Building and growing a team can be challenging for any business owner. Hiring employees and managing them effectively is essential for success.
Rich Brooks had a difficult time hiring and managing employees when he started his business. He struggled with finding the right person for the job and managing them effectively. His first approach to managing the person he hired was to micromanage them, which resulted in frustration for both Rich and his employee.
After a few months, Rich realized that he needed to hire another person to help with the workload. He learned that hiring the right people was crucial to building a successful team. As his company grew, he faced new challenges, such as giving feedback to employees, but he was able to overcome them by implementing effective communication strategies.
In this episode, Rich Brooks will share his experience in building and growing a team, hiring employees, and managing them effectively. He will discuss the challenges he faced, the strategies he used to improve his leadership skills, and the importance of communication.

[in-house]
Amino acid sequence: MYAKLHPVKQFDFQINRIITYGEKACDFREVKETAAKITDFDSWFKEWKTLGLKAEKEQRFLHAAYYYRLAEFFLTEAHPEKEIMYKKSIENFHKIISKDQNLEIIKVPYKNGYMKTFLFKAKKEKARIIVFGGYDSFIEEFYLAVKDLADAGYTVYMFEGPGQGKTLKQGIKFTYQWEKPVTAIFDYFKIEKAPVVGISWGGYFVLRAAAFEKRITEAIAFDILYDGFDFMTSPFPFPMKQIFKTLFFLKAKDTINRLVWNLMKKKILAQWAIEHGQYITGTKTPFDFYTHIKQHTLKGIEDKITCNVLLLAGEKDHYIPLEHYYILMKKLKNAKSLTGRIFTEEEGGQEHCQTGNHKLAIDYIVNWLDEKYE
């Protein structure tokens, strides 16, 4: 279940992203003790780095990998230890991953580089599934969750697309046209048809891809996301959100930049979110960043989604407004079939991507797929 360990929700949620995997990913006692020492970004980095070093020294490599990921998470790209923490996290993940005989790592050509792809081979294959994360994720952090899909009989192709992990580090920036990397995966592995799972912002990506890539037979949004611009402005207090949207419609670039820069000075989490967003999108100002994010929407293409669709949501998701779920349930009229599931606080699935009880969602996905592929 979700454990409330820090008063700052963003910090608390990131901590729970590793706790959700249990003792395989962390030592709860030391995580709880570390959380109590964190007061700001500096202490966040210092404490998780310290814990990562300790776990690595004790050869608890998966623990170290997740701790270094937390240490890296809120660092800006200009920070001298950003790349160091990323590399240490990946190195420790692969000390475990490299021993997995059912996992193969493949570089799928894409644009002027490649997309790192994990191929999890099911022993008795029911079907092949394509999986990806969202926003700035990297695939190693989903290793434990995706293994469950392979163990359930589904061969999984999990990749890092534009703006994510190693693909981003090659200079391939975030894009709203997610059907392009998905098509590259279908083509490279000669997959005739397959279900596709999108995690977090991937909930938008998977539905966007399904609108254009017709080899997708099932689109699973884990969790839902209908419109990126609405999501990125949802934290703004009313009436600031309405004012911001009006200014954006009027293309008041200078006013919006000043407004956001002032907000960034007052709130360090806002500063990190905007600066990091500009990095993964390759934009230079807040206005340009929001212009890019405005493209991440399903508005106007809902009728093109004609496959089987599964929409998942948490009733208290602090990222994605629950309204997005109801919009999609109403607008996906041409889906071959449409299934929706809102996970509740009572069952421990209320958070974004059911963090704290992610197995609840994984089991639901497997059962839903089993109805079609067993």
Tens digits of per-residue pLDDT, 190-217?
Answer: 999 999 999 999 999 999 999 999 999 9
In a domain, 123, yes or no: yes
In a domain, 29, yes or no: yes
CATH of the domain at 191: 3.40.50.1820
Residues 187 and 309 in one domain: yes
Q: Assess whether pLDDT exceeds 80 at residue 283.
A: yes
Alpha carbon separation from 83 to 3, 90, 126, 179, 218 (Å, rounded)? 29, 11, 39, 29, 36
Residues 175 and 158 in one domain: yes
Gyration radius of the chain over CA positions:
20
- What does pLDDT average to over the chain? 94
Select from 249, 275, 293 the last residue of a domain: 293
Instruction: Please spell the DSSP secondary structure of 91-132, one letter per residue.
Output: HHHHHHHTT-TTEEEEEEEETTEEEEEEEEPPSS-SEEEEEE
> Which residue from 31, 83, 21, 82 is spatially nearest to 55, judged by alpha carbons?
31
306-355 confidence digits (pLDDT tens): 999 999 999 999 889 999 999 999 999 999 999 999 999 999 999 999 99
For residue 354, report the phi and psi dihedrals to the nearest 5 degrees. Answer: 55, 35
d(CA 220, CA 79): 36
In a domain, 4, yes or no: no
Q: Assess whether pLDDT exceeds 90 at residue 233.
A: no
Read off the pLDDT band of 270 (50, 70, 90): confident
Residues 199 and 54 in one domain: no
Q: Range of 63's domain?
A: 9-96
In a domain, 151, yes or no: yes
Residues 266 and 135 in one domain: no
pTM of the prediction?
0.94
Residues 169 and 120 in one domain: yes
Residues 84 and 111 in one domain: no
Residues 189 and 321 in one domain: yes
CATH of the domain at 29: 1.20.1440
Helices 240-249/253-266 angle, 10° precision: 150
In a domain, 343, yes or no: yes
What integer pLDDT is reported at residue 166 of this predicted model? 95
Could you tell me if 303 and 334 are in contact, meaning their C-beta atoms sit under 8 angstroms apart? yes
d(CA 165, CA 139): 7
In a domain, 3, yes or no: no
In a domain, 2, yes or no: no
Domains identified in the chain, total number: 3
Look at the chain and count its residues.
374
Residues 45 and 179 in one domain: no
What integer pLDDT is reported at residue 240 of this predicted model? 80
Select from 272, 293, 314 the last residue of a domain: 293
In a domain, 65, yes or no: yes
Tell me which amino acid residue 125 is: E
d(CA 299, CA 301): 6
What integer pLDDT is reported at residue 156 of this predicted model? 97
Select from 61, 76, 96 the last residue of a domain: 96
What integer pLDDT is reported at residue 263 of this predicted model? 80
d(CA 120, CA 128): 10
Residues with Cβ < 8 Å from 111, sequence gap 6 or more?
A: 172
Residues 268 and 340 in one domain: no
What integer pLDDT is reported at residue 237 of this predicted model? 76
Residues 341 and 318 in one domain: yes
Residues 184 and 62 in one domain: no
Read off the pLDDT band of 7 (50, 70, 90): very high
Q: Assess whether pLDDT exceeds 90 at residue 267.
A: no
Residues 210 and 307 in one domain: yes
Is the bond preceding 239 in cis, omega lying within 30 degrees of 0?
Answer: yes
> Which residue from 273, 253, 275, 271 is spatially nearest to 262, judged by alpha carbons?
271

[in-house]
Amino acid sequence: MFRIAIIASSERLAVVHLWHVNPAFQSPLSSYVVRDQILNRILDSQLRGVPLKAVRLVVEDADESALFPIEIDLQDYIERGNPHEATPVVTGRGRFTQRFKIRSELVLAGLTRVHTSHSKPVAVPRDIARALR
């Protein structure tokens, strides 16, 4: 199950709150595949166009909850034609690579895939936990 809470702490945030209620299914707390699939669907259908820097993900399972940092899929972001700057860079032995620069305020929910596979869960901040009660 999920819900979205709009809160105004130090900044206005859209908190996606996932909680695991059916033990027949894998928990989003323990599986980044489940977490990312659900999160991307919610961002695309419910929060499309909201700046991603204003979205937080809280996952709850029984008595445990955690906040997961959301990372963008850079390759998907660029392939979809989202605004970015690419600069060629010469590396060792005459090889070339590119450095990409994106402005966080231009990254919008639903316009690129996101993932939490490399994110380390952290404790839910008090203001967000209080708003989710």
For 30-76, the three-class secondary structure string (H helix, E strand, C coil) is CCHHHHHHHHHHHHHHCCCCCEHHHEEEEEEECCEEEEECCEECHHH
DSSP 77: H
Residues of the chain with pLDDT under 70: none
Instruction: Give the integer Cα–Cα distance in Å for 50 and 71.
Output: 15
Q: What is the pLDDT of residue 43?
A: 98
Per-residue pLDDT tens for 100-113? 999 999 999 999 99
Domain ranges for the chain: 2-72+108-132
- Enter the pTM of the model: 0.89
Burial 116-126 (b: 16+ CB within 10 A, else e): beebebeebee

If you want to learn how to build a successful team and become a better leader, don't miss this episode!
Listen to the Episode
Atiba de Souza: Hey, everybody. Welcome to another episode of the Build Your Team Show. Yep. The show where we talk all about how to build your team so your business can grow. And I've got an OG with me today. An OG, Mr. Rich Brooks. This guy is famous. Let me just tell you, I go places and people are like, "do you know Rich Brooks?" Rich Brooks is the man. And you guys are about to get to meet him today.
And as always, Build Your Team is brought to you by Client Attraction Pros. Hey, it's time that you become the thought leader of your industry, and we're gonna help you do that and make it fast, easy, and fun.
Atiba de Souza: Rich, welcome to the show, my friend. How are you?